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Violence Prevention

The point-of-care interactions between staff and patients/clients/residents or public pose the greatest risk of injury to staff. The Provincial Violence Prevention Curriculum (PVPC) e-learning modules are intended to help health care workers recognize, assess, and respond proactively to violence and aggression. 

To go directly to the mandatory curriculum (Provincial Violence Prevention for Low Risk Departments – 7 Modules) scroll to the bottom of this page and click on the link.


The most important information I need to know.

Assessing Risk

Identifying Behaviour

Mitigating Risk

Assessing Risk

All staff should conduct a quick, informal check-in known as a Point-of-Care Risk Assessment (PCRA). This assessment can be done by all health care workers in the moment. It includes observation of the person’s behaviour and the environment, a review of the task required, and a personal check-in. The intent of this assessment is to confirm that it is safe to interact with or provide care to the person at this time, and focuses on use of observation as the key assessment tool.


  • Am I informed of any risks with the client?
  • Am I prepared both physically and mentally to deal with them?


  • Poor physical design (e.g. access to exits)
  • Items that can be used as weapons
  • Poor lighting or visibility
  • Unknown people in the area
  • Working alone or in isolation (e.g. working too far away to call for help)
  • Slip/trip hazards


  • What is the task I am being asked to do?
  • What is the potential of the task to trigger a reaction?


  • Is the person displaying signs of an emotional crisis or behavioural emergency?
  • Does the person have a history of violence? (e.g. reported through police, other health care agencies, the community, or other health care workers)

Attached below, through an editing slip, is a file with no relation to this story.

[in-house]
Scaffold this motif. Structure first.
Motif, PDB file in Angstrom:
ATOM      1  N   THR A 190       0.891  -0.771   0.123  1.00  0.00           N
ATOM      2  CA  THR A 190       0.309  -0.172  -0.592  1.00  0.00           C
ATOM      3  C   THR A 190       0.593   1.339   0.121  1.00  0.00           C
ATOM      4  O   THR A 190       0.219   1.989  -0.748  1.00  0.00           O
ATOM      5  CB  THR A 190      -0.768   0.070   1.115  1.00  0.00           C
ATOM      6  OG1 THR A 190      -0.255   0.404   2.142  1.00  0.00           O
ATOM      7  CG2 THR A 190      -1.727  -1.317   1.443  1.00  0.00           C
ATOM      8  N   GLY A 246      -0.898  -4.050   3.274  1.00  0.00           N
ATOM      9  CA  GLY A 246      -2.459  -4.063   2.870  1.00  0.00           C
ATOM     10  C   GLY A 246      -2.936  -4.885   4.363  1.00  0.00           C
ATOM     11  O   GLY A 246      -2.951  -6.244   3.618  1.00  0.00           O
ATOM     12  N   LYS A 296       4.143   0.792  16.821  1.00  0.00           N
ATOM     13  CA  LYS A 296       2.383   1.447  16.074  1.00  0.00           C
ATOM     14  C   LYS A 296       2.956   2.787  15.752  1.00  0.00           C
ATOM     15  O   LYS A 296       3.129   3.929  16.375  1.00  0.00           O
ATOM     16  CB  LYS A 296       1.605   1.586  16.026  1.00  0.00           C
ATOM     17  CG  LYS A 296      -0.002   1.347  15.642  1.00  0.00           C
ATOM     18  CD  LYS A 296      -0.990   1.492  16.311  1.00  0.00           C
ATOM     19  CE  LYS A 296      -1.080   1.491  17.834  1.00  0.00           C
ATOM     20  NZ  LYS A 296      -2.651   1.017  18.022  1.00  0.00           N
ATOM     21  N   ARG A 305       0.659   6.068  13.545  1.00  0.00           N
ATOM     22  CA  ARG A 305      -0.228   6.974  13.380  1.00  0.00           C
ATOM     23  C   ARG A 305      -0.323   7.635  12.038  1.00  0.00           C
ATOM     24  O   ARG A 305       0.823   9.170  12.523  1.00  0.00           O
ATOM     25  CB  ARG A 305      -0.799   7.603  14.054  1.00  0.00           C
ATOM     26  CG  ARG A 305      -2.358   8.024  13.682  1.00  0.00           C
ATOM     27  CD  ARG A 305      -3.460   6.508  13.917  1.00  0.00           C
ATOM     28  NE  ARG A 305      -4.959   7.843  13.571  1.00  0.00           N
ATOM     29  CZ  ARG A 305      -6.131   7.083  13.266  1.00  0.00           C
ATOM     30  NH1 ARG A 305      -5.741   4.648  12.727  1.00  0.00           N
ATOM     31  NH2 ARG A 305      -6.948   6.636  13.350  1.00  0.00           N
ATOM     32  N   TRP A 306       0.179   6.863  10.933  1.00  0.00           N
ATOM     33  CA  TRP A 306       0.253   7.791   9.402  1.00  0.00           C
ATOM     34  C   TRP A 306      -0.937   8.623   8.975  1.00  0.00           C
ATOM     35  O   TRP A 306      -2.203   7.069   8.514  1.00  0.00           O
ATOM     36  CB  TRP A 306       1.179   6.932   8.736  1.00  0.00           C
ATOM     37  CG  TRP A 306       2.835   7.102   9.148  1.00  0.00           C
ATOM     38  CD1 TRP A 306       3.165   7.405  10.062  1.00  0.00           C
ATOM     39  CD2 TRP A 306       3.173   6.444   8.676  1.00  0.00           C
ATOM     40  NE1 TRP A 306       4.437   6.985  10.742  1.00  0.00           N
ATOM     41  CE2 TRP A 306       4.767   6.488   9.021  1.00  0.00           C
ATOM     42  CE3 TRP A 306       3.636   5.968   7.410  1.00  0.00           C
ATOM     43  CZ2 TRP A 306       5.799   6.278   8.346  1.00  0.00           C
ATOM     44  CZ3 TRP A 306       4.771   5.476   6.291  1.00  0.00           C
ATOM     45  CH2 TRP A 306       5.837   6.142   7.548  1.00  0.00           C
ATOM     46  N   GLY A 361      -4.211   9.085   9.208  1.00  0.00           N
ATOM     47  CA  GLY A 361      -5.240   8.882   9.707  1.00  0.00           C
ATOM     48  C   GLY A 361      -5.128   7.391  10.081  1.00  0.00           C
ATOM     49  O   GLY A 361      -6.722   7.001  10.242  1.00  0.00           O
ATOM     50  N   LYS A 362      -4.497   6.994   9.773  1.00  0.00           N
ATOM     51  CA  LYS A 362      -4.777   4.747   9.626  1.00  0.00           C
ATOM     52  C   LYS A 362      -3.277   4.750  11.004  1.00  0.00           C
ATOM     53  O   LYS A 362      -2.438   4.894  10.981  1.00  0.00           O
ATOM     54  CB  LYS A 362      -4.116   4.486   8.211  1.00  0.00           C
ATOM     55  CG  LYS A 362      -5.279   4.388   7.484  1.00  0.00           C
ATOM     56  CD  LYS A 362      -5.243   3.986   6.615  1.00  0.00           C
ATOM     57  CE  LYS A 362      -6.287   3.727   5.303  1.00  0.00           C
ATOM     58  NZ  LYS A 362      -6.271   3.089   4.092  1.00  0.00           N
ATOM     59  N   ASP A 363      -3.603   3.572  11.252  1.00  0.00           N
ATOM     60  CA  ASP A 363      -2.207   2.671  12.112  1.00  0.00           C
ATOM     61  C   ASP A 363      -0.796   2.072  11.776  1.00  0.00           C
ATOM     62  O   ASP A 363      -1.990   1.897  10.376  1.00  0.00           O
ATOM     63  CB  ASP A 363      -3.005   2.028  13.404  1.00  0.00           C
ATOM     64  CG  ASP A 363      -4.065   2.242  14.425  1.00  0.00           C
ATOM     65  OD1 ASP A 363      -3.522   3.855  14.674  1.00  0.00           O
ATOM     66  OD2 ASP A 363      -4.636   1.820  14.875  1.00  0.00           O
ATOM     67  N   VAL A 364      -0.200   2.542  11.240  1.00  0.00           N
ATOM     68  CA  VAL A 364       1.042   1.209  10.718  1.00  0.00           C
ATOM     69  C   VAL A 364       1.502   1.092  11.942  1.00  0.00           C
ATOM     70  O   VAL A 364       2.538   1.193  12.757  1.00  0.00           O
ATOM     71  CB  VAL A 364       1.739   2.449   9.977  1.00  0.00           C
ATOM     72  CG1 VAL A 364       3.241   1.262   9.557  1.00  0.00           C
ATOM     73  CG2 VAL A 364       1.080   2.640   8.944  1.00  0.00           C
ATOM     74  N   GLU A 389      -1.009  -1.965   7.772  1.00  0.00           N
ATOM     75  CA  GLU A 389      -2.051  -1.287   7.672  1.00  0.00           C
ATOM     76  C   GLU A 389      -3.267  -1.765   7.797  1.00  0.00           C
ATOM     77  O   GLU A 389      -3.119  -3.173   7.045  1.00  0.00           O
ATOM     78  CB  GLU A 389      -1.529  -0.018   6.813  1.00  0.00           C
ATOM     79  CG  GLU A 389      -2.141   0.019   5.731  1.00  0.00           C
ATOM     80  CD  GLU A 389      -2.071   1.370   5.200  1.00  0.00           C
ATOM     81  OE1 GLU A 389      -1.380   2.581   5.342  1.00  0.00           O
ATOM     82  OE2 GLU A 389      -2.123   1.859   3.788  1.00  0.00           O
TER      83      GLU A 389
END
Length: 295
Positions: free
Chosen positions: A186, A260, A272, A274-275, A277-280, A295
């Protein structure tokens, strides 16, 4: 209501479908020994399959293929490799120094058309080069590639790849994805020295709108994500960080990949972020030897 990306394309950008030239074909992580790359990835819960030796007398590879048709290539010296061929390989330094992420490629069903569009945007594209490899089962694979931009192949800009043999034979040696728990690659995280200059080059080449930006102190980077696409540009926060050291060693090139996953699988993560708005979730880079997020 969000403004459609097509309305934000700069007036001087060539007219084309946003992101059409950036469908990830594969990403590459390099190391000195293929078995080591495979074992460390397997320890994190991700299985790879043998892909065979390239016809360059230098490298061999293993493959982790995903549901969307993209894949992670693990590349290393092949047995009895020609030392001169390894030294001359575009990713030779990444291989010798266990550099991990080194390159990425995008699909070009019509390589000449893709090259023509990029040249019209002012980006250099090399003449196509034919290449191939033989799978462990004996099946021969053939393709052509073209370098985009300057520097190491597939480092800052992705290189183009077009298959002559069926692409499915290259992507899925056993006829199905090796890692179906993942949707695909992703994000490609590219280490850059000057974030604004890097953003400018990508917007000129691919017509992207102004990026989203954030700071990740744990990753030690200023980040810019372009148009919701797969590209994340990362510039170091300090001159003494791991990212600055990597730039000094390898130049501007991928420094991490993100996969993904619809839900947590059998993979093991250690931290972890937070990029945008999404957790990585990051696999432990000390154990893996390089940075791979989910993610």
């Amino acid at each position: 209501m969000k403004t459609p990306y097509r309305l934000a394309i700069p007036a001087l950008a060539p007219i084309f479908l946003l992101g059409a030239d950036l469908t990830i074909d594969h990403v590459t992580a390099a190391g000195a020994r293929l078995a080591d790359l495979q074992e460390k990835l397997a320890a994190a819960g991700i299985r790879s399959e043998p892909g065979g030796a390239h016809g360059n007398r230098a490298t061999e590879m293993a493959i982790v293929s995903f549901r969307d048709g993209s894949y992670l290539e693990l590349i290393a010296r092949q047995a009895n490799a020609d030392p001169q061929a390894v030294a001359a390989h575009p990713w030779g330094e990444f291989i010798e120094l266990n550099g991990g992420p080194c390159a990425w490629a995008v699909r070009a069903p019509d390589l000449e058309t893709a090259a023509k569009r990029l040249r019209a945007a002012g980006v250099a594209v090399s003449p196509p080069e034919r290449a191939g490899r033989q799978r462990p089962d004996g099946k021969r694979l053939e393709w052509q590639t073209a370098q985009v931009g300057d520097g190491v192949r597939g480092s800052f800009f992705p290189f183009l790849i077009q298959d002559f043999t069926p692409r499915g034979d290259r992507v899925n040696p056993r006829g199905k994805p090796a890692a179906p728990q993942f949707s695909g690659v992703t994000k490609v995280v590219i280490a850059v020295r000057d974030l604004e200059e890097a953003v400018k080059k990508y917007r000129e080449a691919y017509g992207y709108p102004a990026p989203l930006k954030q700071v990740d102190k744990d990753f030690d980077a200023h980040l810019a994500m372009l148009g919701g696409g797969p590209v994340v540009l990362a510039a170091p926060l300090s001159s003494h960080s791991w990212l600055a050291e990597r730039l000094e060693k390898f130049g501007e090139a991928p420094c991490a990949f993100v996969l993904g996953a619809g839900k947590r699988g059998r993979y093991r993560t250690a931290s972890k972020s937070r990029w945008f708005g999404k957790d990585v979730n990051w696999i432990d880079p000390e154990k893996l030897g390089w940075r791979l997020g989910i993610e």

• Does the person have a previous Violence Risk Alert?
  • Does the person have known risk factors for potential for violence?

Emotional Crisis versus Behavioural Emergency

A component of recognizing risk is to identify the behaviours we are observing to determine if the person is in an emotional crisis or a behavourial emergency . This helps us decide how to respond safely.

Emotional Crisis

A process during which a person’s coping skills and abilities are significantly challenged by a combination of internal and external events.

Behavioural Emergency

An acute situation when an individual is displaying behaviour that indicates there is imminent danger of serious harm or death to self or others.

Behavioural Care Plan

To mitigate the risk, an Alert is placed on a patient’s chart which means there is a Behavioural Care Plan in place.

A Behavioural Care Plan identifies:

  • Target behaviours
  • Stressors, Risk Factors/underlying causes
  • Warning Signs (identified behaviours that occur prior to target behaviour)
  • Interventions/Instruction to Staff to mitigate the risk


Tips to help me take care and stay safe.

Complete a Point-of-Care Risk Assessment

Complete a Point-of-Care Risk Assessment prior and during  interaction with the client.

If an Alert is present:

STOP and read the Behavioural Care Plan in chart. The Behavioural Care Plan will identify known behaviours that put you at risk and will provide strategies to mitigate the risk.

Be informed and check case notes

Be informed and check case notes to see what happened during the night. Ensure you have what you need to complete your task according to the Behavioural Care Plan.

Report if violent incident occurred

Call the Workplace Health Call Centre (WHCC) at 1 (866) 922-9464 to report your incident as soon as possible. This step should be done after you seek first aid or medical attention (as required) and notify your manager or supervisor.


What would you do if a Behavioural Care Plan was not in the chart?

Click here to access and complete the mandatory Provincial Violence Prevention Curriculum applicable to your role.

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